Paul Orange (07:02):

Mm-hmm (affirmative). When you talk about using CO2 then to sort of capture this energy, what are some of the challenges of using s- uh, CO2, you know, to- to provide energy to- I guess to sort of like power your- or- or to provide the energy out of your solar powered CO2 battery?

Amanda Morris (07:20):

Right. Um, I mean there's lots of issues with CO2. So here's the thing: CO2's a very stable molecule. And, uh, unfortunately when you wanna convert a stable molecule into something that you can use as a fuel, that's a pretty difficult process. And so, we need to develop catalysts, which is part of what, um, my team does, that's actually capable of converting CO2 into these useful chemicals. And that, you know, is- is a huge challenge. A huge challenge not only from the perspective of the stability of the molecule, so it requires a lot of energy to do that, but also the CO2 can be reduced into so many things. I just told you that's a great thing, right? We can reduce CO2 to fuels, we can reduce it to polymer precursors, we can reduce it... right? That's great. But the problem is that as a chemist, I need to give you a process that gives you one single product, right?

Paul Orange (08:11):

Mm-hmm (affirmative).

Amanda Morris (08:11):

And unfortunately, a lot of the processes that we have give you up to 32 different products, right? So-

Paul Orange (08:19):


Amanda Morris (08:19):

... uh, the most efficient catalyst for CO2 reduction right now is just actually copper. Surprising. But- but unfortunately, as I mentioned, it gives 32 distinct products that have been identified when operating. So from an engineering perspective then that becomes a nightmare, right? 'Cause you have to separate 32 things, right? And so, uh, we kind of have this challenge in utilization of CO2 of the energy required to actually do the process on a stable molecule. And then we also have this issue that we can convert it into lots of things. So we need to have things that work, uh, highly efficiently as catalysts to lower the energy required, but they also need to be very selective. So we need to make one single product from- from the process.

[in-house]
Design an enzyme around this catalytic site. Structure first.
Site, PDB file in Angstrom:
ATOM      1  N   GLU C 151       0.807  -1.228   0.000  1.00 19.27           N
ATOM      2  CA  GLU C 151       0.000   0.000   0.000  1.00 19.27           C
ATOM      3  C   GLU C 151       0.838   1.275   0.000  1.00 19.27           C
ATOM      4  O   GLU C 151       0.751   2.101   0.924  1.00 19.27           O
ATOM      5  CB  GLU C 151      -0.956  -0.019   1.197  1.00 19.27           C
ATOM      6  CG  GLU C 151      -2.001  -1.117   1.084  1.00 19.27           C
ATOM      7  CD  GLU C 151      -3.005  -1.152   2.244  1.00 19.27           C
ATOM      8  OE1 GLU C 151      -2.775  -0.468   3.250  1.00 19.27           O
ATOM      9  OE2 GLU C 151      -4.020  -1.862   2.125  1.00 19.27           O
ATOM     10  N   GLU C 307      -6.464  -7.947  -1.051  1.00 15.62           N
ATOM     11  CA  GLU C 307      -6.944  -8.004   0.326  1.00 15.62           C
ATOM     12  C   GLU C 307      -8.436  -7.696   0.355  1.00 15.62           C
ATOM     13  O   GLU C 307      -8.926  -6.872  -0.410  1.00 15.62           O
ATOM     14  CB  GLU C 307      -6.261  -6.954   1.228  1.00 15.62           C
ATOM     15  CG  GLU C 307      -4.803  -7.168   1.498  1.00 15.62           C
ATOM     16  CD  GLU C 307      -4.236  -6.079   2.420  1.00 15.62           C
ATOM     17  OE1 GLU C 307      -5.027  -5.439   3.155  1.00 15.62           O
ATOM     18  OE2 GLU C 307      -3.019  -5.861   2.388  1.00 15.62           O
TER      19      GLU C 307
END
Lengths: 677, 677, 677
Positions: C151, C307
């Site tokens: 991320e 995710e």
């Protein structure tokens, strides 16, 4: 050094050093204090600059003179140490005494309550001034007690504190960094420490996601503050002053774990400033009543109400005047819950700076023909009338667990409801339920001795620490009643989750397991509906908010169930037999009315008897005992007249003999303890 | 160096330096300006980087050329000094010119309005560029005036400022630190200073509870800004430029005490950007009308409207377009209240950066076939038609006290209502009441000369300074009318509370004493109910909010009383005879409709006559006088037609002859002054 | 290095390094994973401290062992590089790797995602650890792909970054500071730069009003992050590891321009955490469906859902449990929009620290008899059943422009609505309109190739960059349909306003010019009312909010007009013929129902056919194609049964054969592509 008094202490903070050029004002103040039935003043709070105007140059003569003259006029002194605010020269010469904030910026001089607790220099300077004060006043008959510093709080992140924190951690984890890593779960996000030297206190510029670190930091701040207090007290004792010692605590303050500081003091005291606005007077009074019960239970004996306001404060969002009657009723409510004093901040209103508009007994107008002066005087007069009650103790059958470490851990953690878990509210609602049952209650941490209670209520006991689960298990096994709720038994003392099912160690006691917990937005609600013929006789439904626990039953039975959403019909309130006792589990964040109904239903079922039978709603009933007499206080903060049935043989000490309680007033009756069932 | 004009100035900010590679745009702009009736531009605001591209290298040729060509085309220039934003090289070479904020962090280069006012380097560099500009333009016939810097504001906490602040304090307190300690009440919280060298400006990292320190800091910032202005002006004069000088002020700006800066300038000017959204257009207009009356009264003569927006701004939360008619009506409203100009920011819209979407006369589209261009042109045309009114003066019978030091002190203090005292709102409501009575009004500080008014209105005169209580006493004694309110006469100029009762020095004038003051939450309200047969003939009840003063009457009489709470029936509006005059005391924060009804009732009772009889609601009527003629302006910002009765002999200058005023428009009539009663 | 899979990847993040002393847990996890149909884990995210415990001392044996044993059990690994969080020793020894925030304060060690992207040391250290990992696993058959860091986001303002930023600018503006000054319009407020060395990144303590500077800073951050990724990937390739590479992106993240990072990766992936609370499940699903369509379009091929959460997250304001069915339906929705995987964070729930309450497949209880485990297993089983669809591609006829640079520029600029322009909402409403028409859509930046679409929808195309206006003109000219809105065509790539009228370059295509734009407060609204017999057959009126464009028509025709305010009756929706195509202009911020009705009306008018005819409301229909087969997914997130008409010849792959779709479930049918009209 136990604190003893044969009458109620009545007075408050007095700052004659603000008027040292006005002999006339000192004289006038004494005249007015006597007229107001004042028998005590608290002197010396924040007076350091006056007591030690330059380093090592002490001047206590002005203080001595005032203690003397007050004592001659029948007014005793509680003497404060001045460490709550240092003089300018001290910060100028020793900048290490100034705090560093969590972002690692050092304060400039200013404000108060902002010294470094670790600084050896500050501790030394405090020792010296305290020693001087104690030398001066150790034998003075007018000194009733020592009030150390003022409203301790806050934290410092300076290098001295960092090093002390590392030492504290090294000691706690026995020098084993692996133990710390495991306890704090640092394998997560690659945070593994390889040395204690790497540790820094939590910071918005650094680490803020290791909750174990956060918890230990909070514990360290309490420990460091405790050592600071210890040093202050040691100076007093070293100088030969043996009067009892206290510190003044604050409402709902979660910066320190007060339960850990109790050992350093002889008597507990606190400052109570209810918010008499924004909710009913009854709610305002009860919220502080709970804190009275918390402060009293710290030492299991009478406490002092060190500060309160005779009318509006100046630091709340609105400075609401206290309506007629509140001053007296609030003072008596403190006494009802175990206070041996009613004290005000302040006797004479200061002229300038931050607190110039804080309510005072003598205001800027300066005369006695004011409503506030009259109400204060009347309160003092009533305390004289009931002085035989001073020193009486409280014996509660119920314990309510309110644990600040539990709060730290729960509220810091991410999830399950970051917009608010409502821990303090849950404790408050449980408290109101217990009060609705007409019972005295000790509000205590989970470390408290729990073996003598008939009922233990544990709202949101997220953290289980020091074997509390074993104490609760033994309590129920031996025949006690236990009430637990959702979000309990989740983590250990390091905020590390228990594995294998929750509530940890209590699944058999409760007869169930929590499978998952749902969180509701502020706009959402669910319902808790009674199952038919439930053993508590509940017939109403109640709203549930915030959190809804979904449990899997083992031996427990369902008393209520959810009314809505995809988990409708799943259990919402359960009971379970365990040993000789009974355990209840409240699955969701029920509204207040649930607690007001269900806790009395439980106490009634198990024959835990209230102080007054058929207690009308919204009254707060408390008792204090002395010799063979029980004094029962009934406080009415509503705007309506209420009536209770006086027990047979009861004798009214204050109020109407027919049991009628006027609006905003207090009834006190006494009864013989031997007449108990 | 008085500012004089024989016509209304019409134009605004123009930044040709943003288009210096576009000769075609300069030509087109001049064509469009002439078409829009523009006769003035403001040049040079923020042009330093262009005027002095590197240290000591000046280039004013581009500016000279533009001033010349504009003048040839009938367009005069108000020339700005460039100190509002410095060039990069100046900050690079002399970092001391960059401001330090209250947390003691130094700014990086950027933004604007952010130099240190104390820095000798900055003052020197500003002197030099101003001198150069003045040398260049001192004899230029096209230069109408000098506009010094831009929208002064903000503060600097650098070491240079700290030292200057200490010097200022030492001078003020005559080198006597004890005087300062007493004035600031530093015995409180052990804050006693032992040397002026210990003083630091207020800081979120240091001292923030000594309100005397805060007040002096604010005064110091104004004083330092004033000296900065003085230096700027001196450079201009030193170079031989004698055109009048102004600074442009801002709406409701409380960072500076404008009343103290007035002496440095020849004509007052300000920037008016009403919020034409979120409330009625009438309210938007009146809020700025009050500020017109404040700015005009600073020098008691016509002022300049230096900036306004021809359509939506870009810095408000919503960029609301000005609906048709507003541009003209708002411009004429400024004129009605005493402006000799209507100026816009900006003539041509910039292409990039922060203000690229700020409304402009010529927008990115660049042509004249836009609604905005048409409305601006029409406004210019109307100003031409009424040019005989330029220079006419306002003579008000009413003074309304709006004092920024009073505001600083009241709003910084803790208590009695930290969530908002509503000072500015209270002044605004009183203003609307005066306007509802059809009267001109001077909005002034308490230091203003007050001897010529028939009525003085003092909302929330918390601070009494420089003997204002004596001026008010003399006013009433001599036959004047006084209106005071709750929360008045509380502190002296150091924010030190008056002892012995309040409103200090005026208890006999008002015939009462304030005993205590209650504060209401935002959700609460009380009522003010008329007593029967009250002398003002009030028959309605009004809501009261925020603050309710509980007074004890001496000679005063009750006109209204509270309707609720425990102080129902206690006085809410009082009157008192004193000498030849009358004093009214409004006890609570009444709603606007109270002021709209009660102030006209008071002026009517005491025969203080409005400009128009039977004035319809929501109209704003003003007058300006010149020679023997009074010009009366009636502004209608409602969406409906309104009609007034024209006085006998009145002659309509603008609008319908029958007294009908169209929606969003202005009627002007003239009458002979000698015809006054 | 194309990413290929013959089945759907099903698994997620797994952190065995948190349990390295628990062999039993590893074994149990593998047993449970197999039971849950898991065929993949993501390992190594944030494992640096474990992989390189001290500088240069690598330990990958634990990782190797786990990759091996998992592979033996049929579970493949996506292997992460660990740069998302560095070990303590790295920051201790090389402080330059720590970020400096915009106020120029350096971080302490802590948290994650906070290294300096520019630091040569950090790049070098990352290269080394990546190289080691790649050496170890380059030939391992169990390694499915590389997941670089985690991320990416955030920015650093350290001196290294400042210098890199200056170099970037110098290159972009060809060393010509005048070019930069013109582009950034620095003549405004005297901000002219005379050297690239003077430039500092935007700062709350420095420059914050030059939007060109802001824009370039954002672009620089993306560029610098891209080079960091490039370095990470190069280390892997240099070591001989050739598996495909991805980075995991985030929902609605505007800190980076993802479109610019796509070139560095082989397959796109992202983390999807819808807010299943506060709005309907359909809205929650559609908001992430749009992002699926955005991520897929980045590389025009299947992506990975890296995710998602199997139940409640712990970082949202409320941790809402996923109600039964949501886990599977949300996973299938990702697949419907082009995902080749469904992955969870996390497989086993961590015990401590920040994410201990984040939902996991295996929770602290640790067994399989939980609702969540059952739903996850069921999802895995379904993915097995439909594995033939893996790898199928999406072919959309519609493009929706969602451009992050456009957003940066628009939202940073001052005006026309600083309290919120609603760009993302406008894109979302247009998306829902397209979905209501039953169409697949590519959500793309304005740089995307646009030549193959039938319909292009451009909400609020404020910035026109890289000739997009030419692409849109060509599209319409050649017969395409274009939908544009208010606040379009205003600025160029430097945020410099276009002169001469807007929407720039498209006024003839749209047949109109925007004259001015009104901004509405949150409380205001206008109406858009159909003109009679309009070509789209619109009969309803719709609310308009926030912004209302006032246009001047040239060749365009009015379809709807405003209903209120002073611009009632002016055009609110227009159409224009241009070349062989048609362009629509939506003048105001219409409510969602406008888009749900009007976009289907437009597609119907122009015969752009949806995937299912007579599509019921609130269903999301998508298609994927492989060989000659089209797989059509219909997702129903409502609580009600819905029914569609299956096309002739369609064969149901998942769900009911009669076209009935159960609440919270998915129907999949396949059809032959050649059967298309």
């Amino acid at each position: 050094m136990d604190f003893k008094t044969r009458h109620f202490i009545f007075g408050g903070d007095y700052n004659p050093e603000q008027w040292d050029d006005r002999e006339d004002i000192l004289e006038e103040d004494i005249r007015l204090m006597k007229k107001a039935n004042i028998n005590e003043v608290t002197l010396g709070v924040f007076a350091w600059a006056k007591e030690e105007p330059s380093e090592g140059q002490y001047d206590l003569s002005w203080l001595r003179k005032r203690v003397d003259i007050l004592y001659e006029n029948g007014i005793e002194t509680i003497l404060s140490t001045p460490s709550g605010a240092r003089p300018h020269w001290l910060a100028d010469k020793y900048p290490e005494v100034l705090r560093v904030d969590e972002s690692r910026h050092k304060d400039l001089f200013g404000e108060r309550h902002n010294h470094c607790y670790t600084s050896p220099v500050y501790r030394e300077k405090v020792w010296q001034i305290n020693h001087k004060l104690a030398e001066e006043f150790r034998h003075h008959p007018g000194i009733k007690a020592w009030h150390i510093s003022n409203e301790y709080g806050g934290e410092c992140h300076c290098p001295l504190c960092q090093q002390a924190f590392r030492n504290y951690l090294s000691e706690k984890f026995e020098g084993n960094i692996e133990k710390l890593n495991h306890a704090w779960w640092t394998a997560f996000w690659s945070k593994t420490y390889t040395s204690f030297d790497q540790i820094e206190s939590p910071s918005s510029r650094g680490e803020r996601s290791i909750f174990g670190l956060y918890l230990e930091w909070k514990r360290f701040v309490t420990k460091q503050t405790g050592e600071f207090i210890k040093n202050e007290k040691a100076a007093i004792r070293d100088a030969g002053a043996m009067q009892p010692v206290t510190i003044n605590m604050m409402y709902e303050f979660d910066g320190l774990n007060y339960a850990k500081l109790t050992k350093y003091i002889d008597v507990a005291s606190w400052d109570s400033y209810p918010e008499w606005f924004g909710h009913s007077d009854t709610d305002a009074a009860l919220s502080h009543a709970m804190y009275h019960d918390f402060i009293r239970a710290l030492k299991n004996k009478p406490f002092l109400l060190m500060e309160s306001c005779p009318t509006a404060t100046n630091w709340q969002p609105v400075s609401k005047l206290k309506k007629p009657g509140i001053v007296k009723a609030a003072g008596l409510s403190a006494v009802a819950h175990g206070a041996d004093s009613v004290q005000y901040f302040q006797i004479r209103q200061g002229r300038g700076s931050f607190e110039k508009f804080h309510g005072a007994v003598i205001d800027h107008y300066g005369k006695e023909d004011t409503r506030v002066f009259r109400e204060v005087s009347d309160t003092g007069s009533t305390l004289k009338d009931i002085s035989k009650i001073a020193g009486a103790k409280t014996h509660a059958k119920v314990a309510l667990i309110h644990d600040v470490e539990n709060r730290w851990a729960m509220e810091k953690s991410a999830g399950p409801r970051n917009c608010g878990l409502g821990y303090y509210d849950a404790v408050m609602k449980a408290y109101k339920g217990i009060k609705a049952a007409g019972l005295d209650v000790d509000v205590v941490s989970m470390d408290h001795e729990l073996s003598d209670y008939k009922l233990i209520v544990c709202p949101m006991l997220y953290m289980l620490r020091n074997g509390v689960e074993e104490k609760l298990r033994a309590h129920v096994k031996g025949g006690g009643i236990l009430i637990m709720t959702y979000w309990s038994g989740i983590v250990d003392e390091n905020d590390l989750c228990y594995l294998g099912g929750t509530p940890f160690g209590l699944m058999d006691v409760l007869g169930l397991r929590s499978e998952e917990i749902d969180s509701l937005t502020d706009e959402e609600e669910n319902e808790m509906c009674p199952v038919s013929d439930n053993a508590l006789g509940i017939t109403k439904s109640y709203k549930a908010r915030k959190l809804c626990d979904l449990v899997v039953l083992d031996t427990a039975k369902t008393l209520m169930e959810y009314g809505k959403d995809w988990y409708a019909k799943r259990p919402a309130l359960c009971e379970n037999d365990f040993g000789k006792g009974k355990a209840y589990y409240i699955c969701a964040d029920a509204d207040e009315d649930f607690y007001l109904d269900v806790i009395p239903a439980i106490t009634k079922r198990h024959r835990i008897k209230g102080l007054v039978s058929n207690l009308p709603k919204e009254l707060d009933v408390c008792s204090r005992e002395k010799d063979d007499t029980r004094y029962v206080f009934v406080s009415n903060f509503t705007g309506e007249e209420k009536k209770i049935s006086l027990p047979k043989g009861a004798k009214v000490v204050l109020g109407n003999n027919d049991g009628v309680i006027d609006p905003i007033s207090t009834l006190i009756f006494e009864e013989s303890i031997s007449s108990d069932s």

Paul Orange (09:08):

So how do you go about taking, you know, copper, very abundant material, used all over the place, how do you then start going through that process of getting the selectivity and also, 'cause you said the- the efficiency of the process? And, you know, you- you're taking something that feels quite esoteric, right? You know, sunshine hits a sur- surface and somehow there's- there's magic made, whether it's a- a fuel, a polymer or, you know, something that's an electricity store. Uh, wh- where do you even start?

Amanda Morris (09:39):

I- I'm gonna be honest. With copper, I have no idea, right? It's a- it's a heterogeneous surface, right, um, uh, and we don't have, at this point, a really good way to control things at those surfaces. I mean anybody who works with surface science, and I am- I'm not someone who works in surface science, will tell you that we don't really understand the vast majority of chemistry that occurs at solid surfaces because we don't have good techniques to monitor what's happening at that very small, small level. And you often get kind of a mixture of things and multiple different pathways can be a current. And so for copper itself, I don't really have a good idea. There are people out there who are working on it, so really, really awesome work coming out of Christopher Earle the University of Nevada, Reno. And what he's done is he's put, uh, polymers on the surface of copper. And he's shown that by changing the thickness of the polymer and perhaps the identity of the polymer, you can now make it selective to one thing. Like, super cool, right?

Amanda Morris (10:39):

You know, and then of course there's lots of people who are saying "Well maybe copper's not it. Maybe copper works at low energy but maybe because it's not selective, maybe we should be going to something else". So then there's this whole group in California who is working on basically mixing lots of different metals together. Getting away from just copper or a chunk of iron or whatever, and mixing three metals together in this heterogeneous surface and trying to make things that operate at low energy and are selective. So that's all really awesome. That isn't the area I work in (laughs).